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Editorial
January 7, 1998

Fish Consumption and Sudden Cardiac Death

Author Affiliations

From the Division of Public Health Research, National Institute of Public Health and the Environment, Bilthoven, the Netherlands.

JAMA. 1998;279(1):65-66. doi:10.1001/jama.279.1.65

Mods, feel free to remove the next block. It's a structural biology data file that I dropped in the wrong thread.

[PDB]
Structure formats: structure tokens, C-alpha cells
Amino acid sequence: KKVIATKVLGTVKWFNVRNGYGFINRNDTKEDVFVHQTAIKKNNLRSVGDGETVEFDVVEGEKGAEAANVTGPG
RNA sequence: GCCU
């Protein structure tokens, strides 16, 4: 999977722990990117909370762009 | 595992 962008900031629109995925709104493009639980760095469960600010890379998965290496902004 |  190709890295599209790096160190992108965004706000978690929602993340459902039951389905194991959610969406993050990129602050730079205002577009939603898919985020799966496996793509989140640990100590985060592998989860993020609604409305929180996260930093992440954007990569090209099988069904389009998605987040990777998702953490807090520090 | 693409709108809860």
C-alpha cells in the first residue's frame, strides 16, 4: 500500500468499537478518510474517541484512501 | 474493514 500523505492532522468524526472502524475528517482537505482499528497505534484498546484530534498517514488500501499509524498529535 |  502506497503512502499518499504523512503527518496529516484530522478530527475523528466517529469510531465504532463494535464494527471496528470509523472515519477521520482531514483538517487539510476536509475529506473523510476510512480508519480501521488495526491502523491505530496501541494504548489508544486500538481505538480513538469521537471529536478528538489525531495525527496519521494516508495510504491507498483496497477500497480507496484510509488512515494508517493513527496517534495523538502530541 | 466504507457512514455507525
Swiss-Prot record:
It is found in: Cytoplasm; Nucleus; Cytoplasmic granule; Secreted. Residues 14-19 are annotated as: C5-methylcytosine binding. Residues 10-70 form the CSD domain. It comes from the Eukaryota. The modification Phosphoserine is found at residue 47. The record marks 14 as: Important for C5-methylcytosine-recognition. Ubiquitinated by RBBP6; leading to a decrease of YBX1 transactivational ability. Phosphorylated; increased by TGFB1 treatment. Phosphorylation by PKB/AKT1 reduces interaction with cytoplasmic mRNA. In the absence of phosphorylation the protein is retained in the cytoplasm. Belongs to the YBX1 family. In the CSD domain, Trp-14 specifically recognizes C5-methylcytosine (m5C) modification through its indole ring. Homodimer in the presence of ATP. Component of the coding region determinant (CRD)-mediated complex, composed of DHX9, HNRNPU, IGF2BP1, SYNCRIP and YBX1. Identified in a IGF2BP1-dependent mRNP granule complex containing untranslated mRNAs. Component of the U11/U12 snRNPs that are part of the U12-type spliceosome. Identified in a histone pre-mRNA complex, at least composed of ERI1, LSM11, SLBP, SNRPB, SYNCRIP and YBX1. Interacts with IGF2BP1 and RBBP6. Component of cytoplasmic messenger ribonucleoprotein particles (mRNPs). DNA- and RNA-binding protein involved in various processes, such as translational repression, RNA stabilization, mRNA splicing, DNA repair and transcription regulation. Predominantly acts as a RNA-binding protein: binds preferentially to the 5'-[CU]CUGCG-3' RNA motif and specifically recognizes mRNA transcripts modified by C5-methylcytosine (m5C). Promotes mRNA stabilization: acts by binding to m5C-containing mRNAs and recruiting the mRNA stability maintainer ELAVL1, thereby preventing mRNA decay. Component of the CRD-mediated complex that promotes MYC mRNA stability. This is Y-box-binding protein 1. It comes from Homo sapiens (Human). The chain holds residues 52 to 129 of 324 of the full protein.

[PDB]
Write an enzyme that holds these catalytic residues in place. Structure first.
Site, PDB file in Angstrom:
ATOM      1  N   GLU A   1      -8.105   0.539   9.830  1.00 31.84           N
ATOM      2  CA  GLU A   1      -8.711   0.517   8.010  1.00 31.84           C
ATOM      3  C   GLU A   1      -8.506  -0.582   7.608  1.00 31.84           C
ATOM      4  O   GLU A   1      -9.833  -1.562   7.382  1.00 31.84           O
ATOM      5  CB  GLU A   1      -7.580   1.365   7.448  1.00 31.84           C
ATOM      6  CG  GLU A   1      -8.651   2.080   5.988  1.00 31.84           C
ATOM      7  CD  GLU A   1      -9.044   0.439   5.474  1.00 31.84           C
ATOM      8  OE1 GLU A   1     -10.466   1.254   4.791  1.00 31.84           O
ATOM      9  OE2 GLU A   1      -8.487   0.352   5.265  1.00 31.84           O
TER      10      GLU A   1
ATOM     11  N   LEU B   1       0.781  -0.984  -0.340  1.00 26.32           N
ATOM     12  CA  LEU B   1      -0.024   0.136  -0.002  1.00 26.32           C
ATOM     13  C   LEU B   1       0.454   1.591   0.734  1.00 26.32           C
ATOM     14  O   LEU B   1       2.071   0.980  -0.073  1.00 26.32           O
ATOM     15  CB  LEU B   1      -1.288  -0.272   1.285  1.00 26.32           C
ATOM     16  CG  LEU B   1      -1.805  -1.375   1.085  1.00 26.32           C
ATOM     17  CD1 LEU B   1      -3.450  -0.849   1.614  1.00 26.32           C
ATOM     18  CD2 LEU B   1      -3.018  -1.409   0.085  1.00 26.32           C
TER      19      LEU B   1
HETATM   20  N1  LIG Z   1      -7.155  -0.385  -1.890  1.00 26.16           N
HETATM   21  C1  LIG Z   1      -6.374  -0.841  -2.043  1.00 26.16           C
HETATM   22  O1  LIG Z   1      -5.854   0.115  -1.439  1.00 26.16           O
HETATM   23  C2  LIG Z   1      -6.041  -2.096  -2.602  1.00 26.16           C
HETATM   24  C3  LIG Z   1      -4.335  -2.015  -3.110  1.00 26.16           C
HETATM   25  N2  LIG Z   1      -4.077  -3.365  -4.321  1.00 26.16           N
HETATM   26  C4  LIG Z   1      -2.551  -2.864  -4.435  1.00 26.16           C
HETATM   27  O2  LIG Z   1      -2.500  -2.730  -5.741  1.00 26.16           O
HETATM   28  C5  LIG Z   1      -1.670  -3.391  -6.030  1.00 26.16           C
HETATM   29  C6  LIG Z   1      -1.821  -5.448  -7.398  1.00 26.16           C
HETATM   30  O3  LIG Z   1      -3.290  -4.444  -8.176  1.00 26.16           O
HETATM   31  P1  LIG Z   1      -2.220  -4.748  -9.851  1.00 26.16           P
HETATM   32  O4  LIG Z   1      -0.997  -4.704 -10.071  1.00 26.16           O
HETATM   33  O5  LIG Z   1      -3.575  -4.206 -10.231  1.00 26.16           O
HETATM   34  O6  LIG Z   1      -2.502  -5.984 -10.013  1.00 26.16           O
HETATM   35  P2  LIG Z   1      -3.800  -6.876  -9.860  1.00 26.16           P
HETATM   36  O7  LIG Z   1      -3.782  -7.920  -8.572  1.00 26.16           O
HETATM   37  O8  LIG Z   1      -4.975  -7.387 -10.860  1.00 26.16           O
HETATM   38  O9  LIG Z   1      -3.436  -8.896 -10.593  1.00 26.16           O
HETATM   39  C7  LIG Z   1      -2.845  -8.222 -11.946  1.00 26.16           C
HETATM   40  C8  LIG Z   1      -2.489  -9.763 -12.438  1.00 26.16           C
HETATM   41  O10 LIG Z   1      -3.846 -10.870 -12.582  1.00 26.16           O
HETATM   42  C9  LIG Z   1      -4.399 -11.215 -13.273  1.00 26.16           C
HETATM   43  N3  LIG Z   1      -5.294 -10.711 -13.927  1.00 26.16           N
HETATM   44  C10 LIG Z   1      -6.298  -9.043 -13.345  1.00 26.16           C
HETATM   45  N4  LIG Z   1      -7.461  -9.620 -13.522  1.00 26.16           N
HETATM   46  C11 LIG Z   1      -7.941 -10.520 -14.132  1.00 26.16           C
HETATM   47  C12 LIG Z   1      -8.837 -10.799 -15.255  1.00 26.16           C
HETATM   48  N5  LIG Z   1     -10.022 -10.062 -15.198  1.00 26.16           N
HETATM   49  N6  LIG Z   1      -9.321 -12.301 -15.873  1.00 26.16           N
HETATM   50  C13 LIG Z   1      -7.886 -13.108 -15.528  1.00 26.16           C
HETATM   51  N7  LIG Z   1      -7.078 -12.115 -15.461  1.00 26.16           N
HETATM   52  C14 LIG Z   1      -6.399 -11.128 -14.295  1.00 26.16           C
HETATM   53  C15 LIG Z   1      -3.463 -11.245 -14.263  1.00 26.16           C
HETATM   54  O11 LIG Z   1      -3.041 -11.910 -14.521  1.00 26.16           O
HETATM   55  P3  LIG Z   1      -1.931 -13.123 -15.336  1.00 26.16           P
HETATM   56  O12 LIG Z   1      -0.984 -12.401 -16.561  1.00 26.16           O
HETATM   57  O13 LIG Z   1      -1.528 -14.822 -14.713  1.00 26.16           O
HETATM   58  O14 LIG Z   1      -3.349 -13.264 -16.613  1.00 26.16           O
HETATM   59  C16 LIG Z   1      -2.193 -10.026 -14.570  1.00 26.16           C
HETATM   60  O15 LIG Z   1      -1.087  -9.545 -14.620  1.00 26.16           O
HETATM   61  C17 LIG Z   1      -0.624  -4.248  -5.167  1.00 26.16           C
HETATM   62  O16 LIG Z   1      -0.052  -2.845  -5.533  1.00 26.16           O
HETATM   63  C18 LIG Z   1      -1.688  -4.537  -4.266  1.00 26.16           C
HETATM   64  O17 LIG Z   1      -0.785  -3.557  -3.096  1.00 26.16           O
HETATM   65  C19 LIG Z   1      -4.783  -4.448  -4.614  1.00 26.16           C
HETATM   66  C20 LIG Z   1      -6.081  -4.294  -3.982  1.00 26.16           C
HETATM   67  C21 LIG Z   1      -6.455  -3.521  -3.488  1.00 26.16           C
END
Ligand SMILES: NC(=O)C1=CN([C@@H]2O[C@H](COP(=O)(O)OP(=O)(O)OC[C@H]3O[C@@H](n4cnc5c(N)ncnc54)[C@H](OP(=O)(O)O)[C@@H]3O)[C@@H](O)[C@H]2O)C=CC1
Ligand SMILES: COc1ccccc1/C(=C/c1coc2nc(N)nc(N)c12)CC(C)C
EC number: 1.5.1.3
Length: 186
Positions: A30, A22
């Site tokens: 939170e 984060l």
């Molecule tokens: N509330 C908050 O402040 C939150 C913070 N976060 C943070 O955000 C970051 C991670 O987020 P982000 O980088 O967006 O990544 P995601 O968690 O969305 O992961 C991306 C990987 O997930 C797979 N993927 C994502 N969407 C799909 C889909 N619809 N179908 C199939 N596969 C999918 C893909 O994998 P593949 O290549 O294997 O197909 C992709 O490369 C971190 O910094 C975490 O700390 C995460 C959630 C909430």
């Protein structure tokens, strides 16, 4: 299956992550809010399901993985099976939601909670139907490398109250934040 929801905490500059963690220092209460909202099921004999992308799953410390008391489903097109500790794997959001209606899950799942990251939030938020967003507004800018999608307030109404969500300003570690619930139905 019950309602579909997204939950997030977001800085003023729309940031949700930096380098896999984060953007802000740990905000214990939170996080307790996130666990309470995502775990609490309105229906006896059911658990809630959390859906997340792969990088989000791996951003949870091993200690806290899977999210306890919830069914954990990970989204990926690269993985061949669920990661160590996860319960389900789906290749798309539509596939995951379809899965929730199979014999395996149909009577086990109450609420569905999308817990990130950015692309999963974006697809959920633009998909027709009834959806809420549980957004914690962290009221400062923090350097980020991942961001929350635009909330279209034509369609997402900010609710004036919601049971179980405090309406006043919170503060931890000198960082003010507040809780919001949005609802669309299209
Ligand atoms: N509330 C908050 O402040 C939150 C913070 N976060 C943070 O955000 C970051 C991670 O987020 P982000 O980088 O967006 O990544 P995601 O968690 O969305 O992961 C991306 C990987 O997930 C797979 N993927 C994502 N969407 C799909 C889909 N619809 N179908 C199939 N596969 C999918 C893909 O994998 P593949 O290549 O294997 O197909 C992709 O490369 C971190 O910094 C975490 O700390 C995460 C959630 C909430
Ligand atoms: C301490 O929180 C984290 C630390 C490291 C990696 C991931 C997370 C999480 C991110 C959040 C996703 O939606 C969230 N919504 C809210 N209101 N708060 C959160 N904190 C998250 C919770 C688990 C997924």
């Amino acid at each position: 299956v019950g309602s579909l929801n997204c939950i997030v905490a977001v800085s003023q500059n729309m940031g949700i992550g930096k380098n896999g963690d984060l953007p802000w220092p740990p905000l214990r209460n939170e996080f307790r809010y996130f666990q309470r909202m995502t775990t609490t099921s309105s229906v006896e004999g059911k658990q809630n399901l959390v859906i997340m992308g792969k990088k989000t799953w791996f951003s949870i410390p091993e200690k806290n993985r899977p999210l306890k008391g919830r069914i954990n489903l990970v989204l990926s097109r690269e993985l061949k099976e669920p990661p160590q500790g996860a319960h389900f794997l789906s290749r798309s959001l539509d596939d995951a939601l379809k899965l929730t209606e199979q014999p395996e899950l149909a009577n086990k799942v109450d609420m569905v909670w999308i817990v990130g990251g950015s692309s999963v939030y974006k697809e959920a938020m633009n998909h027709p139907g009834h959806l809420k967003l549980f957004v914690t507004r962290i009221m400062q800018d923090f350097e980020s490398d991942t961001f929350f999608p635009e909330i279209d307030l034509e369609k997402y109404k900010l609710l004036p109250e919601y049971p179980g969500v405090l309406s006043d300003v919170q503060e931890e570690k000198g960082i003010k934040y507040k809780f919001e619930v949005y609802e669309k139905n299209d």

Nearly 20 years ago, Bang and coworkers1 first suggested that the low mortality rate from coronary heart disease among Greenland Eskimos compared with Danes may be due to their high consumption of seafood. Five years later, in a prospective cohort study, Kromhout et al2 showed that consumption of fish once or twice a week was associated with a 50% reduction in coronary heart disease mortality. Since that time, the majority (but not all) of 14 additional cohort studies that have been published have shown a protective effect from the consumption of a small amount of fish.3 The controversy surrounding the association between fish consumption and coronary heart disease was enhanced by the publication of negative results from 2 large cohort studies from the United States4,5 and the inconsistent findings from 3 other studies.68

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